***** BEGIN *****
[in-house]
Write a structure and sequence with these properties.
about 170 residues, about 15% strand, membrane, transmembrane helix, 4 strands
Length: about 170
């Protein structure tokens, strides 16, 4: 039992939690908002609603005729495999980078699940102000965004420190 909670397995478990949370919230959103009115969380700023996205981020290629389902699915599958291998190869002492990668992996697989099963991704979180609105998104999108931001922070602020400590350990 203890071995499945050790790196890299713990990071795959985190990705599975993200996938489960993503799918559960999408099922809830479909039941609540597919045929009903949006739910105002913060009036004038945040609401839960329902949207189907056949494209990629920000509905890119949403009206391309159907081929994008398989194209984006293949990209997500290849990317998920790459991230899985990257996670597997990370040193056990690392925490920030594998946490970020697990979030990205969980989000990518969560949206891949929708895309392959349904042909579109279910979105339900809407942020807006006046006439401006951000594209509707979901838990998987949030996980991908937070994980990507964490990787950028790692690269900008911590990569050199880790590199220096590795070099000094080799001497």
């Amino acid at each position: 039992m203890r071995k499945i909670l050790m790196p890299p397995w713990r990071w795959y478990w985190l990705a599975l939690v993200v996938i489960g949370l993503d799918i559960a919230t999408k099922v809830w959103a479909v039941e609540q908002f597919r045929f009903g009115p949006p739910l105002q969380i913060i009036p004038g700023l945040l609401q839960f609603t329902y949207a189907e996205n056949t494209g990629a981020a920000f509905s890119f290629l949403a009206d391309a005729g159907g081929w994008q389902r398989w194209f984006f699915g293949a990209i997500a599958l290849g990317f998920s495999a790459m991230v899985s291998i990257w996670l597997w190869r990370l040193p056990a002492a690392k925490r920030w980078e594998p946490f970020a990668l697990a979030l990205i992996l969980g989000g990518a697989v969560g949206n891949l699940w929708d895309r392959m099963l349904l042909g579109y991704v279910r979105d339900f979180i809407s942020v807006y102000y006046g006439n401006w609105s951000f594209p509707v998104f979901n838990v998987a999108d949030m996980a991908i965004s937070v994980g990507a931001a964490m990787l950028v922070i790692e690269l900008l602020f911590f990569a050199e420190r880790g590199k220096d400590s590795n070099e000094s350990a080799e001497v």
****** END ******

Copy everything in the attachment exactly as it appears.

[in-house]
Write a structure and sequence with these properties.
about 170 residues, about 15% strand, membrane, transmembrane helix, 4 strands
Length: about 170
């Protein structure tokens, strides 16, 4: 039992939690908002609603005729495999980078699940102000965004420190 909670397995478990949370919230959103009115969380700023996205981020290629389902699915599958291998190869002492990668992996697989099963991704979180609105998104999108931001922070602020400590350990 203890071995499945050790790196890299713990990071795959985190990705599975993200996938489960993503799918559960999408099922809830479909039941609540597919045929009903949006739910105002913060009036004038945040609401839960329902949207189907056949494209990629920000509905890119949403009206391309159907081929994008398989194209984006293949990209997500290849990317998920790459991230899985990257996670597997990370040193056990690392925490920030594998946490970020697990979030990205969980989000990518969560949206891949929708895309392959349904042909579109279910979105339900809407942020807006006046006439401006951000594209509707979901838990998987949030996980991908937070994980990507964490990787950028790692690269900008911590990569050199880790590199220096590795070099000094080799001497």
């Amino acid at each position: 039992m203890r071995k499945i909670l050790m790196p890299p397995w713990r990071w795959y478990w985190l990705a599975l939690v993200v996938i489960g949370l993503d799918i559960a919230t999408k099922v809830w959103a479909v039941e609540q908002f597919r045929f009903g009115p949006p739910l105002q969380i913060i009036p004038g700023l945040l609401q839960f609603t329902y949207a189907e996205n056949t494209g990629a981020a920000f509905s890119f290629l949403a009206d391309a005729g159907g081929w994008q389902r398989w194209f984006f699915g293949a990209i997500a599958l290849g990317f998920s495999a790459m991230v899985s291998i990257w996670l597997w190869r990370l040193p056990a002492a690392k925490r920030w980078e594998p946490f970020a990668l697990a979030l990205i992996l969980g989000g990518a697989v969560g949206n891949l699940w929708d895309r392959m099963l349904l042909g579109y991704v279910r979105d339900f979180i809407s942020v807006y102000y006046g006439n401006w609105s951000f594209p509707v998104f979901n838990v998987a999108d949030m996980a991908i965004s937070v994980g990507a931001a964490m990787l950028v922070i790692e690269l900008l602020f911590f990569a050199e420190r880790g590199k220096d400590s590795n070099e000094s350990a080799e001497v």